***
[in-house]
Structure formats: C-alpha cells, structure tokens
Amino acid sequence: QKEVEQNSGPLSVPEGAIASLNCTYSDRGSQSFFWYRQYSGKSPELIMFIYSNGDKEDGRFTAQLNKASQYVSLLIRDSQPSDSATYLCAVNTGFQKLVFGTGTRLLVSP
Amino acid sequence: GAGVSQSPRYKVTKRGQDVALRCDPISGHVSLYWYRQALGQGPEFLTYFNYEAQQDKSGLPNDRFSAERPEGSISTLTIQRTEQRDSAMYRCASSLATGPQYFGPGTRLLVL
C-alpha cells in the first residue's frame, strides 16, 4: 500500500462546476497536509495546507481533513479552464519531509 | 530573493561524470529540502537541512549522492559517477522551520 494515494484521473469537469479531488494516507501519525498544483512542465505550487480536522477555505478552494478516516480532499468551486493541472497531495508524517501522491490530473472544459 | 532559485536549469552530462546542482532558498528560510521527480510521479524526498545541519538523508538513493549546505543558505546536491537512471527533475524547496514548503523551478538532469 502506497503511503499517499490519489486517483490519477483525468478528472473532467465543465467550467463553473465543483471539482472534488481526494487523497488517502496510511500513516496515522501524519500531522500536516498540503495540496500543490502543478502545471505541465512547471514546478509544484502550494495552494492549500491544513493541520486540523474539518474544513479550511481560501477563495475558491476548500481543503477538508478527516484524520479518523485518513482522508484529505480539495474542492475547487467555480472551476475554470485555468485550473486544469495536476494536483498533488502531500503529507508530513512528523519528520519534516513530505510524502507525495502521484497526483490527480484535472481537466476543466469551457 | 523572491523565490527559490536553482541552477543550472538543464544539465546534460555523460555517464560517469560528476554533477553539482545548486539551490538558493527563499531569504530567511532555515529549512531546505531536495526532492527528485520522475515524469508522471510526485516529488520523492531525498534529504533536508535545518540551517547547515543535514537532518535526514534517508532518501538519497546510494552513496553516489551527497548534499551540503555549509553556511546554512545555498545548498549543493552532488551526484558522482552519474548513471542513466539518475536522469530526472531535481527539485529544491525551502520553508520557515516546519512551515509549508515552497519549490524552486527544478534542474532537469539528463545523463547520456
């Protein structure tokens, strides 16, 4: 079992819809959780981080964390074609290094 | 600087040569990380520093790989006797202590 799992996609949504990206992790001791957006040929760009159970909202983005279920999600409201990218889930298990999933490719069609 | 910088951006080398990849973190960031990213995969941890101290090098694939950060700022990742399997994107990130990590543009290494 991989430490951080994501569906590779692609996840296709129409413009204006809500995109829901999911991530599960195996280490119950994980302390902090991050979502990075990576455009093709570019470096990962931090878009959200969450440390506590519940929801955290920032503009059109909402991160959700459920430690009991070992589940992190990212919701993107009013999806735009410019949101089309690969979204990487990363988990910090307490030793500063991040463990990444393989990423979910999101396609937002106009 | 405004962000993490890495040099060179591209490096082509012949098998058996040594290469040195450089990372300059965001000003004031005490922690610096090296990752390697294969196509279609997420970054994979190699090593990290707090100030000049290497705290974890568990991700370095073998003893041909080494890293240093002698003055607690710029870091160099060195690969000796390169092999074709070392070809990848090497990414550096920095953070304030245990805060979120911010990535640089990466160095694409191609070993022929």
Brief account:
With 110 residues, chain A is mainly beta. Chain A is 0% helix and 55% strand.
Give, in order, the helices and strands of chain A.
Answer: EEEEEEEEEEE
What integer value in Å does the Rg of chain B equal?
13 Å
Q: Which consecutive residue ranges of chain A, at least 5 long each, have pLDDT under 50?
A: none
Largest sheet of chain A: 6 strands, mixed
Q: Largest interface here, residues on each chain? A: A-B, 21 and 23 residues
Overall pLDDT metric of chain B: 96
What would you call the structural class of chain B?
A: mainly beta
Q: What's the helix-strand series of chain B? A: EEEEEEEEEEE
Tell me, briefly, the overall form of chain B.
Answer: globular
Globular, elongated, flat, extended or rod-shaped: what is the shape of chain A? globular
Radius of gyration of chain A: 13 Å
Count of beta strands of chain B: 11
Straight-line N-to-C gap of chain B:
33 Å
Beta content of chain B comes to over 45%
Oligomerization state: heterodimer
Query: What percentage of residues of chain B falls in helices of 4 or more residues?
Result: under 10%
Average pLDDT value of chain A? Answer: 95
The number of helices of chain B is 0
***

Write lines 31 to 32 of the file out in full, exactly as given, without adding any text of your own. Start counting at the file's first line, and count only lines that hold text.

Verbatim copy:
Result: under 10%
Average pLDDT value of chain A? Answer: 95